Vanilla may be a ubiquitous flavouring and its modern synonyms are 'bland' and 'boring', but here are two recipes to prove it's anything but ...
No quirk of language is crueller, or less justified, than the one that has come to equate vanilla with dullness. There is truly nothing "vanilla" about vanilla.
One of the most expensive spices in the world, second only to saffron, vanilla is a baker's best - if underappreciated - friend. Whenever you eat a forkful of rich, golden cake, vanilla is probably accenting the buttery richness; glance at the ingredients list on the back of your chocolate wrapper and you'll probably see vanilla working behind the scenes; any custard worth its salt will be nudged into life by vanilla's sweet kick.
Yet for a flavour so ubiquitous, it's difficult to find vanilla being done justice. So accustomed have we grown to synthetic vanilla flavouring - made with vanillin, which is only one of the many flavour compounds in vanilla pods - that the real thing can catch us off guard with its nuanced roasted, golden, floral and slightly bitter notes. It's a fantastically complex spice.
Tahitian vanilla and blackcurrant crème brûlée
Pudding-related sensations can rarely beat the feeling of bringing a spoon down with a crack on to the glassy top of a creme brulee. The thrill doesn't begin and end with the sugar-shard lid, though: dig beneath the surface and you'll find a thick, vanilla-speckled custard (all the smoother for being oven-baked rather than cooked on the hob).
I've used Tahitian vanilla here for its fruity, floral notes, which sit well with the sharpness of the blackcurrants, but you'll likely need to buy it online. It's well worth the purchase if you're a vanilla-phile. You can make this with the more readily available Madagascan vanilla, though, if that's all you can get hold of - it'll still taste sublime. And if blackcurrants escape you - although I dig mine out of those mixed bags of frozen berries, when they're out of season - bananas can be swapped in for maybe the best riff on bananas-and-custard you'll ever have.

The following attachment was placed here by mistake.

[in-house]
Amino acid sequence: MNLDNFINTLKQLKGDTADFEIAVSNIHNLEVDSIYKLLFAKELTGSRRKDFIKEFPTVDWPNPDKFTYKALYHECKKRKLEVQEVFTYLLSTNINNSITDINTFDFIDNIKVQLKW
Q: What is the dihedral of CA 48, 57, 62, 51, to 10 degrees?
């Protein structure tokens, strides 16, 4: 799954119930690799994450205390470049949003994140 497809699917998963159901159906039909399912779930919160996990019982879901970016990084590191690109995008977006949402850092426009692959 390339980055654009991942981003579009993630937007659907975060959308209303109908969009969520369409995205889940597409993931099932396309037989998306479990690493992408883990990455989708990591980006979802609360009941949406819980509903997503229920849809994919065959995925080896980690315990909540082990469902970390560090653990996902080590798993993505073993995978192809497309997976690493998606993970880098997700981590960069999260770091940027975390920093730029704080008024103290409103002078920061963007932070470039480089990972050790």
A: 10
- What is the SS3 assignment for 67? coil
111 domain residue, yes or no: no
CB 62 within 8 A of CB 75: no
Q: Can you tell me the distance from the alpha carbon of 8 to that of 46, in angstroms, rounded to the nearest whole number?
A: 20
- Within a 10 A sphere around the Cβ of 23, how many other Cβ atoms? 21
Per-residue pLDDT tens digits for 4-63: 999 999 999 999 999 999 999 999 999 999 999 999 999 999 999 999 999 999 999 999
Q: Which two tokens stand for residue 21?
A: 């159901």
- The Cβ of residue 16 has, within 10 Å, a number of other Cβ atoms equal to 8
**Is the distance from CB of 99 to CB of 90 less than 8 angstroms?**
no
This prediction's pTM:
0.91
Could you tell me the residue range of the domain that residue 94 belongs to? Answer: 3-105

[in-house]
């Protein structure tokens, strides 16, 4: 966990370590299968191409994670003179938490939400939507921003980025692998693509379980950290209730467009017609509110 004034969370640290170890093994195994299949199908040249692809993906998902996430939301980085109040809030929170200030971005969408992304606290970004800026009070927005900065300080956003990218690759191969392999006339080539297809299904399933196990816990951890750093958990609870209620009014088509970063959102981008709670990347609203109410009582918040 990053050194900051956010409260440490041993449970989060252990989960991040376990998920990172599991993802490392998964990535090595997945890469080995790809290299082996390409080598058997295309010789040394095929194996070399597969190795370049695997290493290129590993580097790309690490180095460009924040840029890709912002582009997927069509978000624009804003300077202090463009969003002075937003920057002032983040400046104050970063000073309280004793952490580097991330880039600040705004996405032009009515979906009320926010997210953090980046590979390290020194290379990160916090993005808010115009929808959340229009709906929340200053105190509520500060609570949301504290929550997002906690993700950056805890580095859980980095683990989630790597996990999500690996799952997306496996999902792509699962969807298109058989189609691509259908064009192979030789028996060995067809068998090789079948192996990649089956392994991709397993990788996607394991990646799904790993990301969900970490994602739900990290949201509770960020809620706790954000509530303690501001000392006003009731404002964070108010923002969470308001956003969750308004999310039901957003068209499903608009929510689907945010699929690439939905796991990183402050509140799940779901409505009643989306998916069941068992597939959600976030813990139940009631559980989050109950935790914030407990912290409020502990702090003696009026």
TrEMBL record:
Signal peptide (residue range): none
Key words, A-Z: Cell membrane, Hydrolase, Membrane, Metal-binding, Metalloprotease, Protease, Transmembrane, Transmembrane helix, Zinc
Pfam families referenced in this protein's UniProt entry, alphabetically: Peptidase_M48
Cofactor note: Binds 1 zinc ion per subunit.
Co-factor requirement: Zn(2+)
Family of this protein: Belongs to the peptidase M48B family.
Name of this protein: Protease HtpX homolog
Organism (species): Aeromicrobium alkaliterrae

1 Tahitian vanilla pod or 1½ tsp vanilla bean paste
300ml double cream
4 large egg yolks
100g caster sugar
1 Use a sharp knife to make a deep slit along the length of the vanilla pod and scrape the seeds out using the point of the knife. In a small saucepan, combine the seeds and empty pod with the cream. Whisk lightly to break up any clumps of seeds. Stir over a low heat until boiling, then turn the heat off and leave to infuse for 30 minutes or so. Preheat the oven to 150C/300F/gas mark 2.
2 Whisk the egg yolks and 50g of the sugar in a mixing bowl, then strain the vanilla-flecked cream into the mixture, stirring continuously as you go. Fish out the vanilla pod. Scatter a few blackcurrants into the bottom of each of four ramekins, then divide the custard between them. Put the ramekins into a small oven dish and pour in enough hot (but not quite boiling) water to come around two thirds of the way up the sides. You might want to move the loaded oven dish to the oven shelf before pouring in the water, if you don't trust yourself not to slosh it over the sides as you move it.
3 Bake the puddings for 30-40 minutes, or until the custard is well set with barely a ripple in the centre when jiggled. Leave to cool on a wire rack then refrigerate for an hour or so.